Toxins and Their Threat to American Intelligence

There are many types of pollution that threaten humans in many ways. However, a recent study indicates that certain agents may be affecting the aptitude of Americans. Researchers have identified a dozen chemicals that can actually reduce human intelligence, and this may only be the “tip of the iceberg” of the threat posed by environmental pollution.


Basing his study on previous research, a professor of neurology at Harvard Medical School theorizes that so-called neurotoxins, which directly affect the brain, may have collectively reduced the American “intelligence quotient” by approximately 40 million points. Dr. David Bellinger elaborated on his findings in a paper that was published by the National Institutes of Health. His conclusion was made after reviewing the intelligence levels of children whose mothers had been exposed to certain chemicals while they were pregnant.

The Bellinger report comes on the heels of another study that identified specific chemicals that can affect the brain. This research was conducted by Philippe Grandjean, who is also from Harvard, and Philip Landrigan, who is the dean for global health at Mount Sinai School of Medicine, located in New York City.

In addition to confirming how they can degrade a person’s mental aptitude, this study linked some of the same chemicals to autism and attention deficit hyperactivity disorder (ADHD). Such agents include arsenic, ethanol, fluoride, lead and mercury. Grandjean noted that a number of other chemicals could be equally hazardous, identifying nearly 50 pesticides that are potentially harmful to humans.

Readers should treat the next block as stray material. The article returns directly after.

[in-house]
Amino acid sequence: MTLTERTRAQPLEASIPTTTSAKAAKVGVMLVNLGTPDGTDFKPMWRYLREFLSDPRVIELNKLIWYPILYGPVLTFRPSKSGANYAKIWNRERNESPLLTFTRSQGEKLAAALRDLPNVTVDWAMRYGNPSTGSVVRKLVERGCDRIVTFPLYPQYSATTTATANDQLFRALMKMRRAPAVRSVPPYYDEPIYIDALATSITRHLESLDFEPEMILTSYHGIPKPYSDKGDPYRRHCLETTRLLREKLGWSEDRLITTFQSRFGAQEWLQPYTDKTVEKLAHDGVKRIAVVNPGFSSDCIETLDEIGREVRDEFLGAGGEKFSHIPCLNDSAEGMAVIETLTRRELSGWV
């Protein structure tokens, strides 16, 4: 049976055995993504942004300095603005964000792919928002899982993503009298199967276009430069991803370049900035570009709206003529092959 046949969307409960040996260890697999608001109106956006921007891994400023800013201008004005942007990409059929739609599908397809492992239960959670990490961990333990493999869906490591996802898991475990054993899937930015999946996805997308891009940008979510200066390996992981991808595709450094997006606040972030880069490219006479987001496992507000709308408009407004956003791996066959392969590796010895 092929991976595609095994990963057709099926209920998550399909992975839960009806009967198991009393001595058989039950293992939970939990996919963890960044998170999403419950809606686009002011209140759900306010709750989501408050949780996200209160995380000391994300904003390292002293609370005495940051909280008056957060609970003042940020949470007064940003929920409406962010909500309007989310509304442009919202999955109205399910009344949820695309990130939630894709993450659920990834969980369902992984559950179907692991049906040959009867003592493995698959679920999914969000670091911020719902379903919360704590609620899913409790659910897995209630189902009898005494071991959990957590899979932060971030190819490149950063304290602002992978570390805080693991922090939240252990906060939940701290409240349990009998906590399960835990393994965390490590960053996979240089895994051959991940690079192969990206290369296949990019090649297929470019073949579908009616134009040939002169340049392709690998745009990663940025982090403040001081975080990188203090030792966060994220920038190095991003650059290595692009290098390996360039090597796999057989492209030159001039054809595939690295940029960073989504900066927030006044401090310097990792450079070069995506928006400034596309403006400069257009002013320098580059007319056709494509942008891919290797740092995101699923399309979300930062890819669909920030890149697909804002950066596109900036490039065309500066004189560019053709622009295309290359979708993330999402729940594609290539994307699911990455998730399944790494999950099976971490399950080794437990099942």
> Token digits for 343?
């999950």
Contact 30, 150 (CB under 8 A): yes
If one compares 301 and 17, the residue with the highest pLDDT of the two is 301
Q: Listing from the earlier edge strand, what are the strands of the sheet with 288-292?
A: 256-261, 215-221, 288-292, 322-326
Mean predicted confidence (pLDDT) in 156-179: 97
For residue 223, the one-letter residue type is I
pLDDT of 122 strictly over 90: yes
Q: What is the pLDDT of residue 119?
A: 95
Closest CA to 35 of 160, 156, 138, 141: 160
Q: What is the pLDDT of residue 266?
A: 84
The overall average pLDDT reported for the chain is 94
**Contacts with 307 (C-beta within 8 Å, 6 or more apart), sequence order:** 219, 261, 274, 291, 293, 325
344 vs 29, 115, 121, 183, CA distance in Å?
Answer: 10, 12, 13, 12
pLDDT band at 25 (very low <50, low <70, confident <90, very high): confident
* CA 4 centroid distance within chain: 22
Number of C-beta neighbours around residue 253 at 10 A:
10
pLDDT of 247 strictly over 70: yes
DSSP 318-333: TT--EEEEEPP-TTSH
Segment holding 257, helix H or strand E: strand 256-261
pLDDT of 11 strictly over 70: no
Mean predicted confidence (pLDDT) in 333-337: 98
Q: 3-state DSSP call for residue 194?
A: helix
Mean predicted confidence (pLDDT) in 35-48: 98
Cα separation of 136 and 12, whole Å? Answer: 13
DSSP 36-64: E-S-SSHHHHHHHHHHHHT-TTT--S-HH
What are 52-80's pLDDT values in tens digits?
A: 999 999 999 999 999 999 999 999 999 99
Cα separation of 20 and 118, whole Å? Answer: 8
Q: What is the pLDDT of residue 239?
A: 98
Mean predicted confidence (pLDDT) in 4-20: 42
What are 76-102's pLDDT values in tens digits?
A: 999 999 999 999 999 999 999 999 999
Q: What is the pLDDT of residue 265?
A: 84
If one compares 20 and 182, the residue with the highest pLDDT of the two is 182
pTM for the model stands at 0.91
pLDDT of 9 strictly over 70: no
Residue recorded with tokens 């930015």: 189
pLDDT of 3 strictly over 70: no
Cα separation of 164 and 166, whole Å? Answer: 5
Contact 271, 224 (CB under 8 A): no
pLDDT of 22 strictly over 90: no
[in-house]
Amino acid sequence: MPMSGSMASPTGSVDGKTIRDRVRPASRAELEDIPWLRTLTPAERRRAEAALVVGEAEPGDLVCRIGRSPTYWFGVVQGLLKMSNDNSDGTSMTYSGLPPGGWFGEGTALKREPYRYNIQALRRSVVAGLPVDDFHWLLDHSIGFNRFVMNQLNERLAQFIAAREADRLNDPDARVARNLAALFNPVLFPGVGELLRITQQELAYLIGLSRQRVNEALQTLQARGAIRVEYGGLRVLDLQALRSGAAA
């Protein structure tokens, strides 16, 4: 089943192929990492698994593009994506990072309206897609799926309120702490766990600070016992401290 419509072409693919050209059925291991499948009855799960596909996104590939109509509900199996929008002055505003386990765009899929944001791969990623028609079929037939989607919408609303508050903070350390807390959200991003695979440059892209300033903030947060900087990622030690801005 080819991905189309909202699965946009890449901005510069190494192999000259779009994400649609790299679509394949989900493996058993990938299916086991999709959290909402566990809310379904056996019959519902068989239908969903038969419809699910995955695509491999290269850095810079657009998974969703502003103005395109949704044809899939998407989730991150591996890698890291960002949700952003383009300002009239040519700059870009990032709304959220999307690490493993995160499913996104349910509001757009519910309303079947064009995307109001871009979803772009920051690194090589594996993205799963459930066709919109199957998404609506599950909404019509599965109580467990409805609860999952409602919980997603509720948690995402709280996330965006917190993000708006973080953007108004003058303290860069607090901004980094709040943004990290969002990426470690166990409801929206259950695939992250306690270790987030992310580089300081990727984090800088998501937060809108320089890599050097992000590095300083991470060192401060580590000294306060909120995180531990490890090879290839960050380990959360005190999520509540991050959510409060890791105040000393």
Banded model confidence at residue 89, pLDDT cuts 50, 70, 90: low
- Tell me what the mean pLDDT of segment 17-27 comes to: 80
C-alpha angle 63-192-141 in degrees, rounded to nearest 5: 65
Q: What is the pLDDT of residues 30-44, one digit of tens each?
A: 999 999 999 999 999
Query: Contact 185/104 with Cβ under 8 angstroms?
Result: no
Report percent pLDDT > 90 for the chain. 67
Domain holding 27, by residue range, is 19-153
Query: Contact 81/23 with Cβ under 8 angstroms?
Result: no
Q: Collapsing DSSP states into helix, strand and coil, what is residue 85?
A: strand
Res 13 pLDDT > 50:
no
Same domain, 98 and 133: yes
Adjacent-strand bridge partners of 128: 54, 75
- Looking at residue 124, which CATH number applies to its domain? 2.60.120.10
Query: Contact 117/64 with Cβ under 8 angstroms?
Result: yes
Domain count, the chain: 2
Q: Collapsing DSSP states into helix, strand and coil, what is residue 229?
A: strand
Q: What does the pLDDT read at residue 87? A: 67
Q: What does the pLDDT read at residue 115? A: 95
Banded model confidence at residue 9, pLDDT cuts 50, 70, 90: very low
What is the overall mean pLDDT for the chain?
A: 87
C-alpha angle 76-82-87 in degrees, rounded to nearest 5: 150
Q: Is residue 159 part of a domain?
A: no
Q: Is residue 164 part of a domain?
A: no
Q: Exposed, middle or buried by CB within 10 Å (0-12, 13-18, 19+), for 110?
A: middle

Although chemicals used in the U.S. are supposedly regulated by the government, only a small number of products are rigorously tested for their toxicity. This system leaves consumers unaware of the dangers they may face at home or at work. The problem can be illustrated by the controversy surrounding the chemical chlorpyrifos, which was used in home pesticides for three decades until it was banned for that purpose in 1995. However, the agent is still being used in agriculture and in such public places as golf courses.

Neurotoxins cause the most damage during the prenatal period, when brain cells are being created and organized. Even a small amount of toxin, insufficient to cause harm to an adult, could seriously damage a fetus. However, adults and children who live in poor communities may also be at risk due to their greater exposure to hazardous materials. Beyond government legislation, personal action may lessen the threat from neurotoxins. According to Grandjean, the risk could be significantly reduced if pregnant women would simply turn to eating organically-grown food products.

Read the full article from The Atlantic here.